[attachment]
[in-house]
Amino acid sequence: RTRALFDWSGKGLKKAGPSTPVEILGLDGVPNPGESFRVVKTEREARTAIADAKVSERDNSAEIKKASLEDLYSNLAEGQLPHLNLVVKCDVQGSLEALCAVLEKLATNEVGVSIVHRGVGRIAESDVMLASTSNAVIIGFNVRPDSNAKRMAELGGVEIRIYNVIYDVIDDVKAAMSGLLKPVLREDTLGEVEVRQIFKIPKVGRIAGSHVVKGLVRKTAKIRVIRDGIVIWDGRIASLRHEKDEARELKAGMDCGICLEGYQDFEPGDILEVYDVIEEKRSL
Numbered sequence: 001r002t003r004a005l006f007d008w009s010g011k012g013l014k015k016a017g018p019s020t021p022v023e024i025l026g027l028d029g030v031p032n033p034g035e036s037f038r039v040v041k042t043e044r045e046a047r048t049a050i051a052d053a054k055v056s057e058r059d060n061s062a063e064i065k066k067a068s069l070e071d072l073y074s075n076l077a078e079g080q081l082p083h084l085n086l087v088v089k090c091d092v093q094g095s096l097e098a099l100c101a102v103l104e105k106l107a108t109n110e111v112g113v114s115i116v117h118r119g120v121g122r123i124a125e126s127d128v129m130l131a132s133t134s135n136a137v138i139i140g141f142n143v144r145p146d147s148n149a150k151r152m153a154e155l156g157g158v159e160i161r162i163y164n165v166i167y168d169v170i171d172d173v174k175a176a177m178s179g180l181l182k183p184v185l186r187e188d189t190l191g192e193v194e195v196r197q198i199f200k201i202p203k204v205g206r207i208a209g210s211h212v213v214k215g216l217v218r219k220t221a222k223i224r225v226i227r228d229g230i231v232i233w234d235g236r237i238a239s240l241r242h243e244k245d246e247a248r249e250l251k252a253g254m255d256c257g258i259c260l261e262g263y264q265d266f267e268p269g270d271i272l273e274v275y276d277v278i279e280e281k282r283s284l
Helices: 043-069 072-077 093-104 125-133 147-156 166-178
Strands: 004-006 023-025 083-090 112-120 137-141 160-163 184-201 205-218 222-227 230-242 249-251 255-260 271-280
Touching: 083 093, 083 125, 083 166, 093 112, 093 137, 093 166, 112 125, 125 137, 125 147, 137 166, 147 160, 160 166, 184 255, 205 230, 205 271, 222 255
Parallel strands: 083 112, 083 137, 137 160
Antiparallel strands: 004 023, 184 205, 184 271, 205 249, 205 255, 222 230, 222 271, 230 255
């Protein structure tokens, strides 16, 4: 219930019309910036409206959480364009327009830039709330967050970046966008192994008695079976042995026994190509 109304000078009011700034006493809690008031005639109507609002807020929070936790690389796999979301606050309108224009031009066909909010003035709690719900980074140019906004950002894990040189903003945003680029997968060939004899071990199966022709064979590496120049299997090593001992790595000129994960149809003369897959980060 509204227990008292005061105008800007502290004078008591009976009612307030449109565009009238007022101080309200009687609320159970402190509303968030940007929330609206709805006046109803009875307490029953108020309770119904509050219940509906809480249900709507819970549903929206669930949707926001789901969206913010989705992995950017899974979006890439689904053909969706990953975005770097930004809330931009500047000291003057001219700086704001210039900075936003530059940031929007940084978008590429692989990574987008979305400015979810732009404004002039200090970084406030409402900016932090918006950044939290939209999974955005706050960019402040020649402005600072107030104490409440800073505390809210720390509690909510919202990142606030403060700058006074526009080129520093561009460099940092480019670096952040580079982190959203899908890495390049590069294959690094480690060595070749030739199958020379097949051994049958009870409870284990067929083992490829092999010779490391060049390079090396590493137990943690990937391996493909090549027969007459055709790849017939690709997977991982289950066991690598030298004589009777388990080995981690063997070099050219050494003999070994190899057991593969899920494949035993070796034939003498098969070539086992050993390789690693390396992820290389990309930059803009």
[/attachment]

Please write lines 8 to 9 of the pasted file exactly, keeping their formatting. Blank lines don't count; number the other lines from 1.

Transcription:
Antiparallel strands: 004 023, 184 205, 184 271, 205 249, 205 255, 222 230, 222 271, 230 255
């Protein structure tokens, strides 16, 4: 219930019309910036409206959480364009327009830039709330967050970046966008192994008695079976042995026994190509 109304000078009011700034006493809690008031005639109507609002807020929070936790690389796999979301606050309108224009031009066909909010003035709690719900980074140019906004950002894990040189903003945003680029997968060939004899071990199966022709064979590496120049299997090593001992790595000129994960149809003369897959980060 509204227990008292005061105008800007502290004078008591009976009612307030449109565009009238007022101080309200009687609320159970402190509303968030940007929330609206709805006046109803009875307490029953108020309770119904509050219940509906809480249900709507819970549903929206669930949707926001789901969206913010989705992995950017899974979006890439689904053909969706990953975005770097930004809330931009500047000291003057001219700086704001210039900075936003530059940031929007940084978008590429692989990574987008979305400015979810732009404004002039200090970084406030409402900016932090918006950044939290939209999974955005706050960019402040020649402005600072107030104490409440800073505390809210720390509690909510919202990142606030403060700058006074526009080129520093561009460099940092480019670096952040580079982190959203899908890495390049590069294959690094480690060595070749030739199958020379097949051994049958009870409870284990067929083992490829092999010779490391060049390079090396590493137990943690990937391996493909090549027969007459055709790849017939690709997977991982289950066991690598030298004589009777388990080995981690063997070099050219050494003999070994190899057991593969899920494949035993070796034939003498098969070539086992050993390789690693390396992820290389990309930059803009």